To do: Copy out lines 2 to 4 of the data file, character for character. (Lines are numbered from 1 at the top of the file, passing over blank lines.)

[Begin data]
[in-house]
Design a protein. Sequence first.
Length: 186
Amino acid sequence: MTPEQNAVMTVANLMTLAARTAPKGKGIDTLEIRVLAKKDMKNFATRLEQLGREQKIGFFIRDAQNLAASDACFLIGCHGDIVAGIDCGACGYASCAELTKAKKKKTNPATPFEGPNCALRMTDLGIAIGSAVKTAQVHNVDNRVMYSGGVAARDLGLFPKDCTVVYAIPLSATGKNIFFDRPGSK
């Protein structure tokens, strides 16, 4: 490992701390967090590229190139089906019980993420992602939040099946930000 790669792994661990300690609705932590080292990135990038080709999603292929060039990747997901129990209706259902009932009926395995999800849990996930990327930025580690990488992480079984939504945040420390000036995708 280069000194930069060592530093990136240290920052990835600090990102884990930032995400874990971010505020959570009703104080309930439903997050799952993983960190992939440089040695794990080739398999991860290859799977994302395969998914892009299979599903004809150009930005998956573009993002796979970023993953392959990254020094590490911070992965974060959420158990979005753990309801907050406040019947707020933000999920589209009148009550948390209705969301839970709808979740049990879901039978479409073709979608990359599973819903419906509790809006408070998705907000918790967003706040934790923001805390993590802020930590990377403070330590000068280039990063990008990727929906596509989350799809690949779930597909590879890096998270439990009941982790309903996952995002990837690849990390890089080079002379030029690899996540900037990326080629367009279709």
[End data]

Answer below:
Design a protein. Sequence first.
Length: 186
Amino acid sequence: MTPEQNAVMTVANLMTLAARTAPKGKGIDTLEIRVLAKKDMKNFATRLEQLGREQKIGFFIRDAQNLAASDACFLIGCHGDIVAGIDCGACGYASCAELTKAKKKKTNPATPFEGPNCALRMTDLGIAIGSAVKTAQVHNVDNRVMYSGGVAARDLGLFPKDCTVVYAIPLSATGKNIFFDRPGSK